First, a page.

Some communities may have particular issues with alcohol or drug addiction. This is due to the stressors that come from living in an intolerant society. For example, gay men are three times more likely than straight men to drink excessively. They will then become addicted, according to research done by Stanford University School of Medicine and VA Palo Alto Health Care System researchers.
Coming out can also be a stressful experience for many LGBTQ+ people. This could lead some members of this community towards developing alcohol or drug dependence problems.
This is in order to cope with what they’re going through. According to another study by Stanford University School of Medicine and VA Palo Alto Health Care System researchers, 26% of gay men said they had used drugs to escape their daily lives compared with only 13% of straight men who reported doing so.”
LGBTQ+ People Have Unique Struggles That Can Lead To Addiction
If you’re a member of the LGBTQ+ community, it’s no secret that you’ve likely experienced some discrimination. Whether it’s due to a lack of acceptance from family or friends, or even physical violence and abuse, the challenges that come with being part of this group including addiction can be overwhelming.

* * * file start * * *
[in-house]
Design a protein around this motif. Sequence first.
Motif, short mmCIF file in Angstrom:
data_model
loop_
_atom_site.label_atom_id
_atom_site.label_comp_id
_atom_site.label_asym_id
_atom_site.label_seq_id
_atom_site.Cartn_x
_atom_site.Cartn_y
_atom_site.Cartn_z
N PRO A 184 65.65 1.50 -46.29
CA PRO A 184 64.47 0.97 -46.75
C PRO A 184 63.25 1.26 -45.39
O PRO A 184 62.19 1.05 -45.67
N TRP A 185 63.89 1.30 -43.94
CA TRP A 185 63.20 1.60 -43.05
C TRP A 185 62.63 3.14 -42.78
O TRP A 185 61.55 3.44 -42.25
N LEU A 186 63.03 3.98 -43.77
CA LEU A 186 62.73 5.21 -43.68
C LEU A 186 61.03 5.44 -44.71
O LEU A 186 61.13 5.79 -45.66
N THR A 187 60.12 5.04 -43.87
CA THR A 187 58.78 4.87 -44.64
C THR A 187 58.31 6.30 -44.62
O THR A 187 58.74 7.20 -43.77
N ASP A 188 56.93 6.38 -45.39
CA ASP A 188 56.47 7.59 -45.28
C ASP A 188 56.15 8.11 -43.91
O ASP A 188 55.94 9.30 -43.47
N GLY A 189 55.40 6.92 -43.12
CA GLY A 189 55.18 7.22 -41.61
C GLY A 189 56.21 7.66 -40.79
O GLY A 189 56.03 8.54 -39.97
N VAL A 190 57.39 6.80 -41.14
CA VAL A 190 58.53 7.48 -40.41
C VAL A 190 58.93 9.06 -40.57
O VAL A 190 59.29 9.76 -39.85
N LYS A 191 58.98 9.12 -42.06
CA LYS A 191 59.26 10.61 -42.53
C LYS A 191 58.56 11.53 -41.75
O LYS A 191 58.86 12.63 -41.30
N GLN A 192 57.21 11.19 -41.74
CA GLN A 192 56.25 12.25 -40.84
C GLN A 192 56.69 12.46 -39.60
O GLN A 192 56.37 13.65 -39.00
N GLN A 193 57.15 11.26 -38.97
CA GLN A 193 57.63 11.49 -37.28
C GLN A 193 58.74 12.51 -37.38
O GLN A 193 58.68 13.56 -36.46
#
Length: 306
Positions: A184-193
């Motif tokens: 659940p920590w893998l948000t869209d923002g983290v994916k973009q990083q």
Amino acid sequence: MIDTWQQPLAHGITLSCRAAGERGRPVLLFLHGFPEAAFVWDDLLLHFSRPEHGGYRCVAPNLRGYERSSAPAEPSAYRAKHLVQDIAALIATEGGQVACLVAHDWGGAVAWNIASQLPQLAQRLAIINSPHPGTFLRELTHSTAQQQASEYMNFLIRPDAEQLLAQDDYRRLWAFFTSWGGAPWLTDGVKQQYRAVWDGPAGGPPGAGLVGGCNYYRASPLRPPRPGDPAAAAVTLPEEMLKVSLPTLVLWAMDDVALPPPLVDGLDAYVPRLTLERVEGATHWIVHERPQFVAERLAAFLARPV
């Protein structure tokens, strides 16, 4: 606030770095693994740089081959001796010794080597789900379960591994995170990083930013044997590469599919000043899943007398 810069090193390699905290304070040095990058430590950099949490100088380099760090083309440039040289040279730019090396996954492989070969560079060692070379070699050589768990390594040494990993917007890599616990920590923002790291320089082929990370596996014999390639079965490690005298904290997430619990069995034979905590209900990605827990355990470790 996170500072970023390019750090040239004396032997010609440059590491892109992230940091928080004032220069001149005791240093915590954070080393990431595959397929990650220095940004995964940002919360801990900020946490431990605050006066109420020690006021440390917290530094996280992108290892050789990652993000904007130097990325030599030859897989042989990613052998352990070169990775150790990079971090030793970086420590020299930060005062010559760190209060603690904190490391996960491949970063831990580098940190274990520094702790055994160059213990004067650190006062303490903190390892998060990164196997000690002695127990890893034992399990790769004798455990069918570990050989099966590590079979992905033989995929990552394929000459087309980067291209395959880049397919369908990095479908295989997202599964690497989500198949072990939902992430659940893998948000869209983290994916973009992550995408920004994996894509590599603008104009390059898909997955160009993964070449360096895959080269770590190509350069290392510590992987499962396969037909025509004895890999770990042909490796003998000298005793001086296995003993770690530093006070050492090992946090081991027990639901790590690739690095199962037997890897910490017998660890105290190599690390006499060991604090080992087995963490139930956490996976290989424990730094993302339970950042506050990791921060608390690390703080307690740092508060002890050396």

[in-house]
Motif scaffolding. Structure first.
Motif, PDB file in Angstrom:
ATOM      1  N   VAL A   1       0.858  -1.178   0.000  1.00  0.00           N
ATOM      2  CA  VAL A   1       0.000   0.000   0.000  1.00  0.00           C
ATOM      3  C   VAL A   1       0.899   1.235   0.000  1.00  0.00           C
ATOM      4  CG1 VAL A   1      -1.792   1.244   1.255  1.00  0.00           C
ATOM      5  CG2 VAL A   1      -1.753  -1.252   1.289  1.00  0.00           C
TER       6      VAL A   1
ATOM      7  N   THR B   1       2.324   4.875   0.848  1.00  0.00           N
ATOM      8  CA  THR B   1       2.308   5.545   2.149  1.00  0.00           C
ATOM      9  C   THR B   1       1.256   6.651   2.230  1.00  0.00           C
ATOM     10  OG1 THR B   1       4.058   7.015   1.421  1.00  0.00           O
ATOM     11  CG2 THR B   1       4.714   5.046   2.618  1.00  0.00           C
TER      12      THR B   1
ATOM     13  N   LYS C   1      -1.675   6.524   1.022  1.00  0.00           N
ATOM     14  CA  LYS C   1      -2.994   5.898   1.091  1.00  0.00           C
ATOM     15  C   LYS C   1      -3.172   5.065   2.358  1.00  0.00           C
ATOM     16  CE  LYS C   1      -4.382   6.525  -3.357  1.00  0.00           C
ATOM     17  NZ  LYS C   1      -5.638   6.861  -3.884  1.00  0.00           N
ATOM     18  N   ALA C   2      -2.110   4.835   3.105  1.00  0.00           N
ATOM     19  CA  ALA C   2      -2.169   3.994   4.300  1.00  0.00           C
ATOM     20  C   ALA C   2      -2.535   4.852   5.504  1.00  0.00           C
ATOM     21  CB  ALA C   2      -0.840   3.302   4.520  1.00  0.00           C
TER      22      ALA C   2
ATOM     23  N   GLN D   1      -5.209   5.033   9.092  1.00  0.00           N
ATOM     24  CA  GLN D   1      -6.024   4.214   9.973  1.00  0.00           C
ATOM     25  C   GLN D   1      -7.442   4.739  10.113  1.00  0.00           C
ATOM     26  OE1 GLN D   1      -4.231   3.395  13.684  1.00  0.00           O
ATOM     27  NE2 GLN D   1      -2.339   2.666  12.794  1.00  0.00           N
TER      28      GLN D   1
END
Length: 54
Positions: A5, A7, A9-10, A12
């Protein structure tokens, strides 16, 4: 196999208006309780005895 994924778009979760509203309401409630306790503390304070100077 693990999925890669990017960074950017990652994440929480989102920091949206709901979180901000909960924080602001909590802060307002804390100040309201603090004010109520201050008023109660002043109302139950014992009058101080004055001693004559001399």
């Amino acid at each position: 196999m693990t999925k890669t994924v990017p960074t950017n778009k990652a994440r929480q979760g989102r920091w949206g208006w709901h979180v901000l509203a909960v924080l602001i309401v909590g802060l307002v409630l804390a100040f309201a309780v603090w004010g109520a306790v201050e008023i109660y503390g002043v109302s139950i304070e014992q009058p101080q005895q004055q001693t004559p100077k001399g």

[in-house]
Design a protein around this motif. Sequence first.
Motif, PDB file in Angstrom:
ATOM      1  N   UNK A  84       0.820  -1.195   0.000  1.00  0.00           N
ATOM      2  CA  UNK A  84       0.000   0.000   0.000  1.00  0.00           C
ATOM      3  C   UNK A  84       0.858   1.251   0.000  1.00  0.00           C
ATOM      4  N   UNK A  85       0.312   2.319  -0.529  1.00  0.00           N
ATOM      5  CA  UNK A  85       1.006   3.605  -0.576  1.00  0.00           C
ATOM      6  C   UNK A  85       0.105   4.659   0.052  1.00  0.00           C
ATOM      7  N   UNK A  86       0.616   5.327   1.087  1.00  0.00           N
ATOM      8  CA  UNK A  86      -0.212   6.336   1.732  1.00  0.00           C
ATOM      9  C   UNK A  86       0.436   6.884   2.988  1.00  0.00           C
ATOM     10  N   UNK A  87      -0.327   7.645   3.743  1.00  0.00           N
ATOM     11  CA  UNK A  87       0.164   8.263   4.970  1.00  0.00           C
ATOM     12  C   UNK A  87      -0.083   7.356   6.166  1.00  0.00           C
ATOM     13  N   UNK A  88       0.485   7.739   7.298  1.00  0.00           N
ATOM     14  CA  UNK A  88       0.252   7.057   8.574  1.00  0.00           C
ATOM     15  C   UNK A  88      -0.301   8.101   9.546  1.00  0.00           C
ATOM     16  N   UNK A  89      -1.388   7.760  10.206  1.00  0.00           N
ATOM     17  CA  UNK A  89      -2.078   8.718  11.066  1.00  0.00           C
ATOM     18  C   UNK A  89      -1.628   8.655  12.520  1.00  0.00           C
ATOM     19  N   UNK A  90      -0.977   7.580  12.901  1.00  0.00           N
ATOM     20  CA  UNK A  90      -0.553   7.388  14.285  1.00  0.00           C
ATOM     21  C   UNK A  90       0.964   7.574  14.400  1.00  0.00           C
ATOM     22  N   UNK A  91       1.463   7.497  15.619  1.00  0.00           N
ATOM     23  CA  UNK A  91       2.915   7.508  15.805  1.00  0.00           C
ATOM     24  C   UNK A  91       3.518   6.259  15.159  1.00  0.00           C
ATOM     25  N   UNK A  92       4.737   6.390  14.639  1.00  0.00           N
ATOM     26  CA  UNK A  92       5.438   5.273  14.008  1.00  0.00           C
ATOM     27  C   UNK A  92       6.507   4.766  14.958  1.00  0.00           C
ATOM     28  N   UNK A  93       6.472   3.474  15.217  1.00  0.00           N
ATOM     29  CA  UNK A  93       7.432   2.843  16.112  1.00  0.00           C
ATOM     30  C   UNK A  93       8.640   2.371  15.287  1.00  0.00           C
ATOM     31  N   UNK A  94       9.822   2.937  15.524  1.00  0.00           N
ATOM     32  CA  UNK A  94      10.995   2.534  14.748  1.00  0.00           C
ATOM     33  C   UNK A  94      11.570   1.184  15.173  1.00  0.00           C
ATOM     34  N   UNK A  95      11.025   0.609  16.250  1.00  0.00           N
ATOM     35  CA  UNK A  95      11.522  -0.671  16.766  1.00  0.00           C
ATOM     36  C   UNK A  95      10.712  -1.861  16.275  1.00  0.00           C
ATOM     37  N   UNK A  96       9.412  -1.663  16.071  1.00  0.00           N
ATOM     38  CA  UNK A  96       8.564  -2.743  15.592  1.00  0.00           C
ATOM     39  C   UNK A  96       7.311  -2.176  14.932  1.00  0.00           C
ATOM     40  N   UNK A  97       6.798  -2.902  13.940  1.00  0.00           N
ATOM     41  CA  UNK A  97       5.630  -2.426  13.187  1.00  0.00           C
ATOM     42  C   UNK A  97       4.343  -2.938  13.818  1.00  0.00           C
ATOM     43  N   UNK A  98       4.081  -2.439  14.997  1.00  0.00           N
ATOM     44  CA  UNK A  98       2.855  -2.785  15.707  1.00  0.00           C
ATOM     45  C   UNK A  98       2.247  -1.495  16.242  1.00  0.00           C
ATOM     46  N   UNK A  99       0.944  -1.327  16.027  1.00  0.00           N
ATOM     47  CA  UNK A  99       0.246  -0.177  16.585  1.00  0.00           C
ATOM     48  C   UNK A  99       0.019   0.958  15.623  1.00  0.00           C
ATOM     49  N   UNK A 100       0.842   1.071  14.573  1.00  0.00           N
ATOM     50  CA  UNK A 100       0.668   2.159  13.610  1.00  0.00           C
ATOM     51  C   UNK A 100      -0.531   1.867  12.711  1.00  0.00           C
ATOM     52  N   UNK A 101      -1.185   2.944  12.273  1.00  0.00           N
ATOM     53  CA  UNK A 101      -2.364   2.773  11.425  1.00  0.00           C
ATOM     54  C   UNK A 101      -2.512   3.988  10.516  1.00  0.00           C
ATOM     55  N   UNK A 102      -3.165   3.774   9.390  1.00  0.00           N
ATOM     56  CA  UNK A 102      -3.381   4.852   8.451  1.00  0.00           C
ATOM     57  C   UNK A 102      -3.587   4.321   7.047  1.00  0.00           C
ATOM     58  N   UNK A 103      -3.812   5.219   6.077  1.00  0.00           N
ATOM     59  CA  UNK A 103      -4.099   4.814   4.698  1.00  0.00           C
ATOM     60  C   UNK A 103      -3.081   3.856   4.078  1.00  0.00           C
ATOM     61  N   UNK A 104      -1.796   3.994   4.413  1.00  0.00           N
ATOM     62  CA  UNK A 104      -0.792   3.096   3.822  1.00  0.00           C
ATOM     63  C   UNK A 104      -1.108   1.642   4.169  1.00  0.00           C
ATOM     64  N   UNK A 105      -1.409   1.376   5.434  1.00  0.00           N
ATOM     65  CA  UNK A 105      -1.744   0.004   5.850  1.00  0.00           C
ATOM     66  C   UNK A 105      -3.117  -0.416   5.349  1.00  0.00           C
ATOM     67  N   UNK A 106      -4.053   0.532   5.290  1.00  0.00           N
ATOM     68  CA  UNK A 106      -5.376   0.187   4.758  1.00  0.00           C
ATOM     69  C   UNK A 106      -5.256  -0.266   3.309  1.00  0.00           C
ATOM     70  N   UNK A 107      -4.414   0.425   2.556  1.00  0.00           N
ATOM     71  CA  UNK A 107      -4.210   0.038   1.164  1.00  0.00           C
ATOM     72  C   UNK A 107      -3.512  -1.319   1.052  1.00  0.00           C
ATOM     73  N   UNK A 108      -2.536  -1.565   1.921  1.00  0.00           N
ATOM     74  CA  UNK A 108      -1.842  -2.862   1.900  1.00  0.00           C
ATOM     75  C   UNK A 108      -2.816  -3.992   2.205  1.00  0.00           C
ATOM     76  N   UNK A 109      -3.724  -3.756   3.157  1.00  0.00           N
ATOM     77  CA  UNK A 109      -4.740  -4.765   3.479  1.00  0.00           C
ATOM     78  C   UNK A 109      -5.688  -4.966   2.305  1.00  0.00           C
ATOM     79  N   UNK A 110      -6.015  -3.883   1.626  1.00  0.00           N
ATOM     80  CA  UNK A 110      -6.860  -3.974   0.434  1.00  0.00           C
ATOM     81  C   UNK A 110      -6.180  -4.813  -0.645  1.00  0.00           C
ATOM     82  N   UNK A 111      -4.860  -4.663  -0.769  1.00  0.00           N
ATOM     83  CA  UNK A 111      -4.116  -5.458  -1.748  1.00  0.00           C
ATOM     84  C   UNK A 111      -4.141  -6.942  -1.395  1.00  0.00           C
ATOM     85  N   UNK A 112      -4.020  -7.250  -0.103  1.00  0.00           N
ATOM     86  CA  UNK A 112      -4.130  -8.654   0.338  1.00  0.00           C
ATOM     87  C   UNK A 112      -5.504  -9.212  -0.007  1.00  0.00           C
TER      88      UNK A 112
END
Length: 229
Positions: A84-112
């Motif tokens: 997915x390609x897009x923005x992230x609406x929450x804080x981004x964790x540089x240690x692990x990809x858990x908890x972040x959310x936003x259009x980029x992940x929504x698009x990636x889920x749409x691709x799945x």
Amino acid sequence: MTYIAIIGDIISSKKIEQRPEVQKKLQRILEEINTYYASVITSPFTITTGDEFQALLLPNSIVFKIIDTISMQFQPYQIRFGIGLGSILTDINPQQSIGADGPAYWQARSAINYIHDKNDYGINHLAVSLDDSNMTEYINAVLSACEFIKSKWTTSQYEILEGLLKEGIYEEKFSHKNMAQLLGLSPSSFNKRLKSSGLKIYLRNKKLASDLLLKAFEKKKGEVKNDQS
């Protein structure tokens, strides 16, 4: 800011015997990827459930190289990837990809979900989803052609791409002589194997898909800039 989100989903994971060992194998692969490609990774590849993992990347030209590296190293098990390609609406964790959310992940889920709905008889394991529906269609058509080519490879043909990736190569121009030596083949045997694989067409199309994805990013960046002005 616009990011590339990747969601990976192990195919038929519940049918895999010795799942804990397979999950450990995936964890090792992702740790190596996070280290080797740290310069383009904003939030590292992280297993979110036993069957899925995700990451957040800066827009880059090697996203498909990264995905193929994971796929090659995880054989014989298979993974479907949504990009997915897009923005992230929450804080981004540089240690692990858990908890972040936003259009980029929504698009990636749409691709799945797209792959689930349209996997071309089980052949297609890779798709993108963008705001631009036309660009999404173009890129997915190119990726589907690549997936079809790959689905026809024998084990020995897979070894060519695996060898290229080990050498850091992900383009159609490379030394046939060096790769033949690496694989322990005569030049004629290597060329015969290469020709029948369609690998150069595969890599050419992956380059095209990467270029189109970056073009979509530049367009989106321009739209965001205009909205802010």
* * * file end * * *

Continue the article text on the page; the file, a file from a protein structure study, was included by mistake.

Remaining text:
It’s important to remember that addiction is not a choice; it’s a disease that can be managed with treatment and support
LGBTQ+ individuals are more likely to abuse drugs or alcohol. This is because they may turn to substances as an escape from challenges they face in their daily lives.
LGBTQ+ individuals are also more prone to developing mental health problems. These include depression and anxiety due to discrimination they’ve experienced throughout their lives (as well as further discrimination when seeking treatment).
Why Are LGBTQ+ Individuals More Likely to Abuse Drugs or Alcohol?
Alcohol and drug abuse is a problem in the LGBTQ community, and not just because of a desire for escapism. The reasons for this are many, but they all come down to one thing: discrimination, stigma, and lack of support.
Because of this discrimination, LGBTQ individuals are more likely to experience mental health issues like depression or anxiety. Because of this stigma, many don’t seek help for those issues until it’s too late.
They also lack available resources (whether in person or online). These individuals must rely on each other for support. Once they have a group around them who understands what they’re going through it becomes easier to open up. It’s much better than if they had no one else with whom they could relate.
As you can imagine then that when any one member of your group starts abusing drugs or alcohol as an escape from their problems you’re going to be more tempted by these substances as well.
In fact, given how close-knit most LGBTQ groups tend toward being (think drag queen cabarets or leather bars), there’s even greater pressure on each member to stand out. They must also fit into whatever role he/she has been assigned within that particular subculture
How To Get Help if You Struggle With Addiction